Question: Can my significant other move in with me after the lease has been signed? I only qualify on my own for an affordable housing 1-bedroom, and am fine being alone on the lease. But what will happen if my boyfriend moves in with me after I sign? I cannot seem to get a clear answer anywhere, even from the housing department.
— Alone, for now, in Astoria
I’m not surprised you haven’t been able to get a clear answer. There isn’t one.
But in most cases, it seems, the heartless housing department doesn’t subscribe to the notion that love conquers all.
Whether you can live with your significant other comes down to which housing program you are applying under. “Depending on the program,” says a spokeswoman for the Dept. of Housing Preservation and Development, “recertification [of income] may be required on an annual basis. If it is determined that the applicant did not properly disclose additional household members for the purposes of qualifying, that could be grounds for eviction.
“Since income limits are based on household size and the combined income of the household, all household members must be considered when determining eligibility. If an individual applicant is only eligible on the individual’s income, adding an additional person and income to the apartment would make the apartment out of compliance with the program.”
But there are various housing programs with different mind-numbing rules. (Example from the HPD: “Projects financed with Low Income Housing Tax Credits or Tax Exempt Bonds require that applicants re-certify at the end of year 1. The tenant would also need to recertify annually if the development is mixed-income or if they are projects where 15 percent of the tax credit units are rented to households whose incomes are below 40 percent AMI.”)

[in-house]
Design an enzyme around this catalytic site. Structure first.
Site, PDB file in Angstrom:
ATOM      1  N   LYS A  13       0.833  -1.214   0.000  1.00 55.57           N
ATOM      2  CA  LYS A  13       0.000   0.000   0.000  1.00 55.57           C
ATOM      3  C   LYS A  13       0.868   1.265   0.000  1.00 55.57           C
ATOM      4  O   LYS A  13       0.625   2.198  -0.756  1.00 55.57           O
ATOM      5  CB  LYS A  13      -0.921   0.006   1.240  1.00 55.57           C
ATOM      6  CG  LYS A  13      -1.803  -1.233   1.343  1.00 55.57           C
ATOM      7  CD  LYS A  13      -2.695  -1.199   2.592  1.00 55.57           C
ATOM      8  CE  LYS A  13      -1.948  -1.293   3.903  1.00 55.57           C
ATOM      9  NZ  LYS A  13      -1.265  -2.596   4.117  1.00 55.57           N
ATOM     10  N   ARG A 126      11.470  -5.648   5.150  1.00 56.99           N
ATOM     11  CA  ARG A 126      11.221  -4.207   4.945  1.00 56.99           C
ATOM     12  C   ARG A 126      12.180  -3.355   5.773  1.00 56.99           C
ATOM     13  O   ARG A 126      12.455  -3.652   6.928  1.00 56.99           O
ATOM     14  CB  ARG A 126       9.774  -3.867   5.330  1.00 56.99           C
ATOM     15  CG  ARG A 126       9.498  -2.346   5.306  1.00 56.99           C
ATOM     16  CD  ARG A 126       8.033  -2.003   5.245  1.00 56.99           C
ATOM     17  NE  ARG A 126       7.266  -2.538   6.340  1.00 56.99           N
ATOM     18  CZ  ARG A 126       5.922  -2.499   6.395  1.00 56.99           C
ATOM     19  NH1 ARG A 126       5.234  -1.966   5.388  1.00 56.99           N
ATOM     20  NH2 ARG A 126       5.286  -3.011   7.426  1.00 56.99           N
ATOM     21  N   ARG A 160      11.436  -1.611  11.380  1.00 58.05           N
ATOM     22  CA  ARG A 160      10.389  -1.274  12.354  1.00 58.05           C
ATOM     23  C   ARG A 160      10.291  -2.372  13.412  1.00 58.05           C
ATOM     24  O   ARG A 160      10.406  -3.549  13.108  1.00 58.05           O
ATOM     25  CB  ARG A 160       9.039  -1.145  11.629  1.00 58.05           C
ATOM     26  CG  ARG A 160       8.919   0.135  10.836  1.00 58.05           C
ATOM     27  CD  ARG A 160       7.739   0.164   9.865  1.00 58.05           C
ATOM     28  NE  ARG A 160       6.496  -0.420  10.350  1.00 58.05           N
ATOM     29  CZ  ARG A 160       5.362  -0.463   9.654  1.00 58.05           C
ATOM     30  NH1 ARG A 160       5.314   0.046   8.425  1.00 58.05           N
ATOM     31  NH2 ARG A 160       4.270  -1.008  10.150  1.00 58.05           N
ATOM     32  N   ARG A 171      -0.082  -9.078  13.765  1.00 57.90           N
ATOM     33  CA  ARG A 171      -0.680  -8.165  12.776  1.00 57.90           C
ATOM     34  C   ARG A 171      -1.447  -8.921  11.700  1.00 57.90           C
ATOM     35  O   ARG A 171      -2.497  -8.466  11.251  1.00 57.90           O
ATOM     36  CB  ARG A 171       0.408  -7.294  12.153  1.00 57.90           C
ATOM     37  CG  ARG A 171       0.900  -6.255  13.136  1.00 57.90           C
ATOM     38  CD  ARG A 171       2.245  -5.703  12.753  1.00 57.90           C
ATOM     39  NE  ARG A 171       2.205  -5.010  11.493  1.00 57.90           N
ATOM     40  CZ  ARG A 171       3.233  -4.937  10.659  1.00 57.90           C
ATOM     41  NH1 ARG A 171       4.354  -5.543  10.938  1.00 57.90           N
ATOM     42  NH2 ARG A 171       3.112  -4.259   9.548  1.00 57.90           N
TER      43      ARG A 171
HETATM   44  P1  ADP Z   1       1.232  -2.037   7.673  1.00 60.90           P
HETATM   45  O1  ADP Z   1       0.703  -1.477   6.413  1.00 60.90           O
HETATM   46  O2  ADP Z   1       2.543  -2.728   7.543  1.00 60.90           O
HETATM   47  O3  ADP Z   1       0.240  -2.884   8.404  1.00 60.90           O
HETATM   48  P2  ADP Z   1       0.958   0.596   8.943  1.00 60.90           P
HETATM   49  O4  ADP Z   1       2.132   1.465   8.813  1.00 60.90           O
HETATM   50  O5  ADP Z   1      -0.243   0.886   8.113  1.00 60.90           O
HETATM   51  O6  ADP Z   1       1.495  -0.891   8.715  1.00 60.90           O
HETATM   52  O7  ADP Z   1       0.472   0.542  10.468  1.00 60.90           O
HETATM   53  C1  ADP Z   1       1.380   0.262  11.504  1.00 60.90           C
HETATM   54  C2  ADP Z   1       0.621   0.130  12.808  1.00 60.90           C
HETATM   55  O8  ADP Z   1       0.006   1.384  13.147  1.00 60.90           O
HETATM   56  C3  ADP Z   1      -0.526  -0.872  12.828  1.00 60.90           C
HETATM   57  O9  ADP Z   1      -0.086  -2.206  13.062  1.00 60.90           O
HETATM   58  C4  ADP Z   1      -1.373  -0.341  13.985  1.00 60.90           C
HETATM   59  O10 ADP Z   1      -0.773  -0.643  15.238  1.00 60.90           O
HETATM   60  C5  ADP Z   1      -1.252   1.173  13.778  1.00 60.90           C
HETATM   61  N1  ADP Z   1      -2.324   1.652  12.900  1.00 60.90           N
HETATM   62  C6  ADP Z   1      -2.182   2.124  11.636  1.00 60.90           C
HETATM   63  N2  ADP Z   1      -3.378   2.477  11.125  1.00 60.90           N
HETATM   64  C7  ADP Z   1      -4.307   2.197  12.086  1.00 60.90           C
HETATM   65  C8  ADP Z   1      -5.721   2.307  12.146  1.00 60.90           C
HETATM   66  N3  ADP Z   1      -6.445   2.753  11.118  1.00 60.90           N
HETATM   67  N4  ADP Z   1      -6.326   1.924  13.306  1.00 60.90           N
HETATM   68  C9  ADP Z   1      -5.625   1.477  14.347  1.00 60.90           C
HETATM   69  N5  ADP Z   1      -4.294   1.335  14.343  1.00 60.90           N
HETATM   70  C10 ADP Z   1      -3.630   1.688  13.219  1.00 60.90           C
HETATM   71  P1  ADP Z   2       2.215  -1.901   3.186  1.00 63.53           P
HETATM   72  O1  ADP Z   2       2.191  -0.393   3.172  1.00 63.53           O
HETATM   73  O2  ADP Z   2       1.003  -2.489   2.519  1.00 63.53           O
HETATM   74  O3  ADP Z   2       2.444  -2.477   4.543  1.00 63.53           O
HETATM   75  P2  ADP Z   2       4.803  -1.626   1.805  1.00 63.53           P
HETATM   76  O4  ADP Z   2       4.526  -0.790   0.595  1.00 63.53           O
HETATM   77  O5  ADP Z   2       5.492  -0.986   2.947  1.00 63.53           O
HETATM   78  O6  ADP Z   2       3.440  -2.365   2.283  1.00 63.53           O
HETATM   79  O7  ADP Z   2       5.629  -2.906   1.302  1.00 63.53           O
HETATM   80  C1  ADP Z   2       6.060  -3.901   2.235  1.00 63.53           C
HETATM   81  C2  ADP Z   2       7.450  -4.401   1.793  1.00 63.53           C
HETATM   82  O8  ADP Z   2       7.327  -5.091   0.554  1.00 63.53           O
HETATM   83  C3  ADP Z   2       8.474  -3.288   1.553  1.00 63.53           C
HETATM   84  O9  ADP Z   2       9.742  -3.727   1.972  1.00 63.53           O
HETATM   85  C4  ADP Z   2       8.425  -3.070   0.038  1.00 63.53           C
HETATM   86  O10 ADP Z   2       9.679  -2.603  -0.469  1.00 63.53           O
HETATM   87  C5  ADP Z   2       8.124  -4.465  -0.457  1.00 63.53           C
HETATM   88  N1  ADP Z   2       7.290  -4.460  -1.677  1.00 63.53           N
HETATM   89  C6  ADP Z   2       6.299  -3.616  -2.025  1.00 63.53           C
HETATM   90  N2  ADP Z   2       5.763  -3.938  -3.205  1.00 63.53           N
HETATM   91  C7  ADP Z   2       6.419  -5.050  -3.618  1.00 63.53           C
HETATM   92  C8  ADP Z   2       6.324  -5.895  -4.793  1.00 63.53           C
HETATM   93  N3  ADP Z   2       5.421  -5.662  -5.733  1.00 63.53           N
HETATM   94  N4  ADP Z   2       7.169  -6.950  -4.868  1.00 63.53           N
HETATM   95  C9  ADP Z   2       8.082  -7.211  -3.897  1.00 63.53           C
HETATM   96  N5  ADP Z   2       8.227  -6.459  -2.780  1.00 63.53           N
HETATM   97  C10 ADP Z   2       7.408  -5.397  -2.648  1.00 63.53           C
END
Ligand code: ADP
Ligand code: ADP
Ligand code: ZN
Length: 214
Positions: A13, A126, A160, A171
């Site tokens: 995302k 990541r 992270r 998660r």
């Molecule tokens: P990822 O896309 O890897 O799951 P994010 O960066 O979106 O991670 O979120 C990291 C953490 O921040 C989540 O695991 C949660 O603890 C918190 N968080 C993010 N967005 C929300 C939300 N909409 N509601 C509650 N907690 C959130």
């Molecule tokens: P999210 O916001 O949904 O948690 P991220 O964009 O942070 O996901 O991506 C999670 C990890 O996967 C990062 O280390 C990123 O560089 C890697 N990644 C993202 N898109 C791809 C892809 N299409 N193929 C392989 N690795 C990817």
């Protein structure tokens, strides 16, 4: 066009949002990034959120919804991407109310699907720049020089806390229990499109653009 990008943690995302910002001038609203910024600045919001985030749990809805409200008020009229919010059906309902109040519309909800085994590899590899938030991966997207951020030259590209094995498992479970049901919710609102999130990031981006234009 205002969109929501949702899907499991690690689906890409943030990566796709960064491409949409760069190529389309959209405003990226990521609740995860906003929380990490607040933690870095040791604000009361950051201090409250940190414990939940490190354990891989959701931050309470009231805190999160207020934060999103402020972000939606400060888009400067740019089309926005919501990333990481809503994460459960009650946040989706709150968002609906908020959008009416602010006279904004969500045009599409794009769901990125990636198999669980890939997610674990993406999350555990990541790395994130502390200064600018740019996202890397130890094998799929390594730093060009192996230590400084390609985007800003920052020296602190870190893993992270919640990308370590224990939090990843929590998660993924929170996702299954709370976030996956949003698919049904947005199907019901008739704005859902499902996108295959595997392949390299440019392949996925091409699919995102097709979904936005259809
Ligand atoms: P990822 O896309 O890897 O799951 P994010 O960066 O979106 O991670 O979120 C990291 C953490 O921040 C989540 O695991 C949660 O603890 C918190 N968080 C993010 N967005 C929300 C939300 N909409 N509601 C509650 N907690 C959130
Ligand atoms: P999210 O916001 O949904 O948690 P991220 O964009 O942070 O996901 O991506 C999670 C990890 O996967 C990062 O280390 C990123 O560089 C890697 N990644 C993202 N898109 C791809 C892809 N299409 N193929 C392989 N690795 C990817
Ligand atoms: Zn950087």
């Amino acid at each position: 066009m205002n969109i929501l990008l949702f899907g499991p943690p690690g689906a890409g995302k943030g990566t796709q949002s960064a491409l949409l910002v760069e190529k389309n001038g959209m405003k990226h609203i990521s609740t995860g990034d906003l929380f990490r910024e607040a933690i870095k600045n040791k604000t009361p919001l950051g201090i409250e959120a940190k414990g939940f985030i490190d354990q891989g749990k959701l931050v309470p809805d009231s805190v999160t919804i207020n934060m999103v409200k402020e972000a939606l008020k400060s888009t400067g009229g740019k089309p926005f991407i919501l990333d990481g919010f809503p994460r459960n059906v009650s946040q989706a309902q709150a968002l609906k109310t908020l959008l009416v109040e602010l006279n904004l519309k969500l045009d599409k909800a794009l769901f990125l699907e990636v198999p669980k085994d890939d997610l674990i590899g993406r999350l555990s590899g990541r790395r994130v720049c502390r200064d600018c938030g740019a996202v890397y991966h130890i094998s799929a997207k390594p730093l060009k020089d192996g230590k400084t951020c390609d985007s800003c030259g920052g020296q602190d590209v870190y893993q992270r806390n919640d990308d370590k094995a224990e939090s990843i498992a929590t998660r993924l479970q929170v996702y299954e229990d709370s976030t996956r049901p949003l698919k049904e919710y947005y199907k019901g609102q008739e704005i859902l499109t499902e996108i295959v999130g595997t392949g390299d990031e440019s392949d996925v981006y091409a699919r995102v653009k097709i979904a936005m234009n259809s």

Don’t try this at home. The best, first move you can make is to ask the front office or marketing agent, who should know which rules apply to your specific building.
In the meantime, keep your addresses separate.
David Crook is a veteran journalist and author of The Complete Wall Street Journal Real-Estate Investing and Homeowner’s Guidebooks. Do you have a question about anything real estate-related in NYC? Write him at email@example.com. For verification purposes, please include your name and a phone number; neither will be published. Note: Nothing in this column should be considered professional legal advice. If you have a legal issue, consult an attorney.
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